Imran Shirvanee, a media person, said that people, especially in rural and remote areas, need to understand the repercussions of early marriages. “It is not a religious issue, but a social problem,” he added. “Early marriage is a crime, but the government has not taken concrete measures to address it as yet.”

He said that eradicating the custom of child marriages can lead to better health of mother and child. It will further help recognise their human rights, education rights, matrimonial rights. “It should be addressed with political maturity,” he concluded.

Dr Sarosh said that 18 years of age limit should be fixed for marriage for men and women. Shirvanee was of the view that setting the age limit at 21, however, could make a real difference in a society like Pakistan.

“The role of the media in eradicating such practices is pivotal but it needs to first develop proper understanding of the issue,” suggested Qazi Asif, a participant. He highlighted the need for women empowerment, adding that women in different set ups, including the provincial and national assemblies, have been playing their due role.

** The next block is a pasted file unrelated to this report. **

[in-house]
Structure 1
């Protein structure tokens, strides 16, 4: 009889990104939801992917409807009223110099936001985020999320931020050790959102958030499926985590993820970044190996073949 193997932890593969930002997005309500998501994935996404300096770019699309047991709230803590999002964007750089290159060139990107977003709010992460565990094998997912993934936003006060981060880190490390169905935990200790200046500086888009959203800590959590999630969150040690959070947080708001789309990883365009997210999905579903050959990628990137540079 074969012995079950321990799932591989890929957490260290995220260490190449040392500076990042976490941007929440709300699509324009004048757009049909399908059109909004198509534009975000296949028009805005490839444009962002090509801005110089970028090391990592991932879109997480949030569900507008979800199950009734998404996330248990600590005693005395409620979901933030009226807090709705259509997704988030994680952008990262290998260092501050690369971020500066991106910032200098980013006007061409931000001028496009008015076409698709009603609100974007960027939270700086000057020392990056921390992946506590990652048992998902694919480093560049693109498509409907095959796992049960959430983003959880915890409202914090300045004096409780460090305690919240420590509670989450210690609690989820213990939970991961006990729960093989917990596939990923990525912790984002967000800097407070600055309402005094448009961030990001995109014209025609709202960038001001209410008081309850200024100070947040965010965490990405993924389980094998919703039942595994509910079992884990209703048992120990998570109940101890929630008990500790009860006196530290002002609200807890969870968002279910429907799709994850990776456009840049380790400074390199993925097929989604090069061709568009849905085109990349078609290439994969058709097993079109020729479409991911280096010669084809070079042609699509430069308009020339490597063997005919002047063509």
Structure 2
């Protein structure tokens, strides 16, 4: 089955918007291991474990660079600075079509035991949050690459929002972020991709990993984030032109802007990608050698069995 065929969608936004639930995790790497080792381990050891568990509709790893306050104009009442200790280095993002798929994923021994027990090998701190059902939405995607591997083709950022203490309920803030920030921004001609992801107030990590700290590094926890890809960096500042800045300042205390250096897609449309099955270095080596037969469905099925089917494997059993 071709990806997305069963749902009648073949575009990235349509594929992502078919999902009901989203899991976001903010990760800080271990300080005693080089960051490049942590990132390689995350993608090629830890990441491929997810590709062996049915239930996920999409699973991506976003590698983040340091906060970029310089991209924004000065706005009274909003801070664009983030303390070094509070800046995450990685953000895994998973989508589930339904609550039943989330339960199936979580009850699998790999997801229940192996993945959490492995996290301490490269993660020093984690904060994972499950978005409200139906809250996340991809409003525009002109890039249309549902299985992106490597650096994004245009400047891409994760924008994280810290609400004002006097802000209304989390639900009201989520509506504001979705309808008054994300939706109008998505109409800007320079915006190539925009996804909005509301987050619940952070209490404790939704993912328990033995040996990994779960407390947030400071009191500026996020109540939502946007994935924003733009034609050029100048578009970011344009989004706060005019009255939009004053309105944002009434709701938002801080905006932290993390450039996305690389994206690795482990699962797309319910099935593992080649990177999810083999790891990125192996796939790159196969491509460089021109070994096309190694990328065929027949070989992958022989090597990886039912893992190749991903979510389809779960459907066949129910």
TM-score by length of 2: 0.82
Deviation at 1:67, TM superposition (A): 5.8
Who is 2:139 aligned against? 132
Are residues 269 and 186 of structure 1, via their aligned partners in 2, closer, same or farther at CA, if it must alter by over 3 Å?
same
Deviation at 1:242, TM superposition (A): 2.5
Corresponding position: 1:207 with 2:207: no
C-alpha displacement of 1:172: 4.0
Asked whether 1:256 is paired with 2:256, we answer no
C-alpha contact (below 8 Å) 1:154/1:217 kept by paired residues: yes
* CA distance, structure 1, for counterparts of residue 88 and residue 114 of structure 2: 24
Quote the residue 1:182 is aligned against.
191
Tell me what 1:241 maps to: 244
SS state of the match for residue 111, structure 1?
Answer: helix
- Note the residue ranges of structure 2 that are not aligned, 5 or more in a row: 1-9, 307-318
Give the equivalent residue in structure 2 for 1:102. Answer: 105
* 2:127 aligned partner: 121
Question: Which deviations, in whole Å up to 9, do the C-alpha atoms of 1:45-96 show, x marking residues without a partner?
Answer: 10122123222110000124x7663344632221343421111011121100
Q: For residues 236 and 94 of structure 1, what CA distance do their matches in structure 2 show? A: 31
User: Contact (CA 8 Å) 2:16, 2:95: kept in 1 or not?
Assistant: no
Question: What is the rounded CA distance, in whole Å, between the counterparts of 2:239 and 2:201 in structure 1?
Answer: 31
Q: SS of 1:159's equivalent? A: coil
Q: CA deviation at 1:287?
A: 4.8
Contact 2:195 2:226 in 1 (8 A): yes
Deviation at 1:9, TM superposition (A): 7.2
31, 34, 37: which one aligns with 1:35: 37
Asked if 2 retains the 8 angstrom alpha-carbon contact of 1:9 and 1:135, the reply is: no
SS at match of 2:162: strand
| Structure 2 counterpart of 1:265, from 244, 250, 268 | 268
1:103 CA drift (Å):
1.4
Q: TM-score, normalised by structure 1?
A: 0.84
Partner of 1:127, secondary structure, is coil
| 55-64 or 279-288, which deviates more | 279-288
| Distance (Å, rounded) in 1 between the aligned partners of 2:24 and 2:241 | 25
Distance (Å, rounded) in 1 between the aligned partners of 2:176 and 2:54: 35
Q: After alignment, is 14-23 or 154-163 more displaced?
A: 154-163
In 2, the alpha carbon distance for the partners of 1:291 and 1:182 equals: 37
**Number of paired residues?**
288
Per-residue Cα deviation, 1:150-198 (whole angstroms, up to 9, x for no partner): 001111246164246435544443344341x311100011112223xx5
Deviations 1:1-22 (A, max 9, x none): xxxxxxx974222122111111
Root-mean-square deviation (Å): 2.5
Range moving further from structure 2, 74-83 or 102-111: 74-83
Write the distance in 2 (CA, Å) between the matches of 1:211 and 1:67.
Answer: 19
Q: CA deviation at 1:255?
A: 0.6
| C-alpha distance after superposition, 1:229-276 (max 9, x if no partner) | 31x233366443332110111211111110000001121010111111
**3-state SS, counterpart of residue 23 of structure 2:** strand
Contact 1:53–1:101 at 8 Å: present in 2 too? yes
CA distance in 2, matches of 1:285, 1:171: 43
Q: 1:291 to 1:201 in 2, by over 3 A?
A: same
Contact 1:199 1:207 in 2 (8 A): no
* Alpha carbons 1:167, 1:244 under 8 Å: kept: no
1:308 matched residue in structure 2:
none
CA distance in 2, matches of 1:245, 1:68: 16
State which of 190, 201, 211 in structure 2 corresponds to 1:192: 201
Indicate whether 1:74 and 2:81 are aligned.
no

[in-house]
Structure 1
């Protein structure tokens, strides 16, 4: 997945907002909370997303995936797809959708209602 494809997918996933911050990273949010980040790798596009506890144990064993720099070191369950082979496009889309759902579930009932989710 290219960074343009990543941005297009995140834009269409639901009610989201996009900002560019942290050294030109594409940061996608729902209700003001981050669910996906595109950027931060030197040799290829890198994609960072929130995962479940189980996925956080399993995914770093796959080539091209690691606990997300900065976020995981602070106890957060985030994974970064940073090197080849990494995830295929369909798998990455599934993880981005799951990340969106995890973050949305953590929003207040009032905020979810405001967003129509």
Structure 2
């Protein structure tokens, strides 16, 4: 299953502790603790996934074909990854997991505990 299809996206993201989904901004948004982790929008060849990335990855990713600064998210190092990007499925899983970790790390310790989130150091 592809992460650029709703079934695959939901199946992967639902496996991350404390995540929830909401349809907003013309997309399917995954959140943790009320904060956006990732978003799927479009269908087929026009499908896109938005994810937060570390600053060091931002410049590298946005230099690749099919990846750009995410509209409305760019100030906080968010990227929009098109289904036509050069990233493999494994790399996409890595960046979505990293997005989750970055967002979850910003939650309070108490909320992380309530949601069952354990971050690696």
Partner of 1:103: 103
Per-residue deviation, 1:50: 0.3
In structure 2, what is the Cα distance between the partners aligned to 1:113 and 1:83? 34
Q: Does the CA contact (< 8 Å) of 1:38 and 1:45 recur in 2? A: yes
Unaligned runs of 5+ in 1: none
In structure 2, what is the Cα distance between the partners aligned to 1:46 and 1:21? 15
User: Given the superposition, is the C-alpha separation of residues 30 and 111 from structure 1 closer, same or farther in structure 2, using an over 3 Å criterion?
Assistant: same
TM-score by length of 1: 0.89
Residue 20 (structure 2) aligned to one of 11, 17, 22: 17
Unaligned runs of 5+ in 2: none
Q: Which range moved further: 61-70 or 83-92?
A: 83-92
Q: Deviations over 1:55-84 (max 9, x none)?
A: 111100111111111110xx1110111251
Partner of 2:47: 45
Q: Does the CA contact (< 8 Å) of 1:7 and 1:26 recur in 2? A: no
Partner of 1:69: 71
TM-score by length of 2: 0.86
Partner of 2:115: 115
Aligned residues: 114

“It is a social dilemma,” said Mujahid Shah, another participant. “Being a husband or a wife is a complete responsibility as it needs physical and mental maturity.”

The participants believed that some norms and values in the society had created hindrances, stressing that awareness through media could also bring a change.

It was highlighted that poverty was one of the key determinants of the utilisation of public health facilities and is also closely related to the well-being of women in terms of nutrition and food security. “Marginalised women belonging to poor class, rural areas, minority groups, migrants, internally displaced and adolescent age group remain at the lowest rung of power dynamics in the society,” said Dr Sarosh.

Published in The Express Tribune, August 31st, 2013.


Nobody | 10 years ago | Reply